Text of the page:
governor, who was a supporter of Sulla. During the next ten
years he fought to gain control of both Hispania Citerior
and Hispania Ulterior, and defeated several armies sent by
These victories won him the support of Lusitanian and
Celtiberian mercenaries. By 77 BC Sertorius had control of
most of Citerior, and had established a new capital at Osca.
Between 79 and 72 BC Sertorius fought against the armies of
Caecilius Metellus and Pompey. The long fighting eventually
weakened Sertorius' forces, and led to defections by
many of his Celtiberian allies. In 72 BC Sertorius was murdered
by Perperna, one of his own generals.
The Lusitani and
Celtiberians who lived on the west coast and central plains
began raiding Roman Spain in the 160s, and continued to resist
Roman attempts to pacify them until 133 BC. The Lusitani tribe
revolted again in 61 BC which was put down by Julius Caesar. The final conquest
of Hispania was accomplished under Augustus, between
the years 39 and 19 BC. In 13 BCE Hispania was divided into
three provinces: Baetica, Lusitania, and Tarraconensis.
Hispania was significantly Romanized throughout the imperial period and it came to be one of the most important territories of the Roman Empire. Emperors Trajan and Hadrian were both born there and most all of the people of Hispania were granted Roman citizen status. Despite this, Legio VII Gemina was permanently stationed in Hispania Tarraconensis. Its base was at Leon to be close to, and to protect the gold and iron mines of Gallica. Hispania finally fell from the Roman Empire with the great Germanic migrations of the 4th and 5th centuries AD. Alani, Seuvi, Vandals and Visigoths poured through Gaul and into the west, effectively removing Hispania from Roman control by about 409 AD.
Hispania's economy expanded greatly under Roman Rule. The province, along with North Africa, served as a granary for the Roman market, and its harbors exported gold, wool, olive oil, and wine. Agricultural production increased with the introduction of irrigation projects, some of which remain in use even today. Much of daily life consisted of agricultural work under which the region flourished. Much of the eastern region cultivated grapes and olives to supplement the economy. Silver mining within the Guadalquivir River valley became an integral part of Iberian society. In fact some of the Empire's most important metal resources were in Hispania. Gold, Iron, Tin, Copper and Lead were also all mined in abundance.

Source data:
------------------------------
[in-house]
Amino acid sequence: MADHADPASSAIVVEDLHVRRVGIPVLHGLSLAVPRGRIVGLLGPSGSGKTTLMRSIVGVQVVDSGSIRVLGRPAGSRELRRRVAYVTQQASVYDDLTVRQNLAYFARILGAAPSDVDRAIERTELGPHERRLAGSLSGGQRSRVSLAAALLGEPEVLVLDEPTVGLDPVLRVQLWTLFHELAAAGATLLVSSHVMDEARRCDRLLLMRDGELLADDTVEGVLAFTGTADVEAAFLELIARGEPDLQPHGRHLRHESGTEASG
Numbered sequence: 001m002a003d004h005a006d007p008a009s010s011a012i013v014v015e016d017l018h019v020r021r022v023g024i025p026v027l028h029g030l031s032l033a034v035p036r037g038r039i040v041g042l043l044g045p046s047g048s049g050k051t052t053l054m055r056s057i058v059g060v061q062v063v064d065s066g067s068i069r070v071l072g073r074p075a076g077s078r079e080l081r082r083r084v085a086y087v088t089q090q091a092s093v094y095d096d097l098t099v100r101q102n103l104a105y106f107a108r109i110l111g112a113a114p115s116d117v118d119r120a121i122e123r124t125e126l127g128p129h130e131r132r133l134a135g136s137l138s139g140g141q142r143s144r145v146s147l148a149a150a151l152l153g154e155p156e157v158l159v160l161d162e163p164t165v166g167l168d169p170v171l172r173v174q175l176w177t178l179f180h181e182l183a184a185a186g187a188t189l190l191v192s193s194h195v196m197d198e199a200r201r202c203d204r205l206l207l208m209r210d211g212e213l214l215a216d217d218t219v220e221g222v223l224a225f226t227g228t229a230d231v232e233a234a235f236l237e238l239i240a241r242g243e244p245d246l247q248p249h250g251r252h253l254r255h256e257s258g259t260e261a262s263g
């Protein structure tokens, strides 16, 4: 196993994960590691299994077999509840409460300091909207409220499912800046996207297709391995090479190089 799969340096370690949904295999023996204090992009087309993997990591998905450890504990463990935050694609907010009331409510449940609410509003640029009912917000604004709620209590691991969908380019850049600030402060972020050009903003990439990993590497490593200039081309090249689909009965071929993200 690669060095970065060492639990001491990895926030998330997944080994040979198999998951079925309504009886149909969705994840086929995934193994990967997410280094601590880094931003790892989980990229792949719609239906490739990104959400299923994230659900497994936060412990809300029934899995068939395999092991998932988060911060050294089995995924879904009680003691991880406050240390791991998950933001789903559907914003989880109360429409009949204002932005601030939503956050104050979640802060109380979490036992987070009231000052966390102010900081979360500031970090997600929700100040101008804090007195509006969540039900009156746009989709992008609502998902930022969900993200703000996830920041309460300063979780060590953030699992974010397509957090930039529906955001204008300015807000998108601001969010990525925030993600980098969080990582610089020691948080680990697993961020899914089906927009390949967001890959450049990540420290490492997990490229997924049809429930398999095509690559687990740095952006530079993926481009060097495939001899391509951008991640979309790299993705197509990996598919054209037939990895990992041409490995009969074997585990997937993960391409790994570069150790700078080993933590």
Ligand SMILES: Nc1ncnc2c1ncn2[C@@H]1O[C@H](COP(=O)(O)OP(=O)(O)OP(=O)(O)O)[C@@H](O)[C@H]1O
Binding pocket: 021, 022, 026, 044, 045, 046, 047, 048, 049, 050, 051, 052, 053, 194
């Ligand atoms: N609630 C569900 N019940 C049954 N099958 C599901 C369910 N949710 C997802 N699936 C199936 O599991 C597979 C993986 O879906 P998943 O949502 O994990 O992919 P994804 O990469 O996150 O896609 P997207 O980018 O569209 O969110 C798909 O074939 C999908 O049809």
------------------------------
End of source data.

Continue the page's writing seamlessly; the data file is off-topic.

Along with the
following tribes, the people of Hispania had a great deal
of influence from Phoenician (Carthaginian), Greek and Roman
The Lusitani -
Were a group of warlike tribes who, despite defeats, resisted
Roman domination until their great leader, Viriatus, was killed
(139 BC). In the 1st century BCE they joined in supporting
Sertorius, against the government in Rome. The Lusitani lived
in what is now Portugal.
or "Celts of Iberia" - In Roman times the Celtiberians
were composed of the Arevaci, Belli, Titti, and Lusones. The
Arevaci dominated the neighboring Celtiberian tribes from
the powerful strongholds at Okilis (modern Medinaceli) and
Numantia. The Belli and the Titti were settled in the Jalon
valley, the Sierra del Solorio separating them from the Lusones
to the northeast.
The Iberians -
Settled in the southern and eastern sections of what is now
Spain, from which the entire peninsula got its name. Iberian
applied to all tribes that settled by the 5th century BC between
the Iberus River and the Huelva River. The most important
of the Iberian tribes were the Bastetani, who occupied the
Almeria and mountainous Granada regions. To the west of the
Bastetani were the Turdetani who were the regions most powerful.
The Turdetani tribes were located around the Guadalquivir
River valley and were greatly influenced by the Greeks in
the Emporion and Alicante regions. Towards the southeast greater
influence was found from the Malaca, Sexi, and Abdera,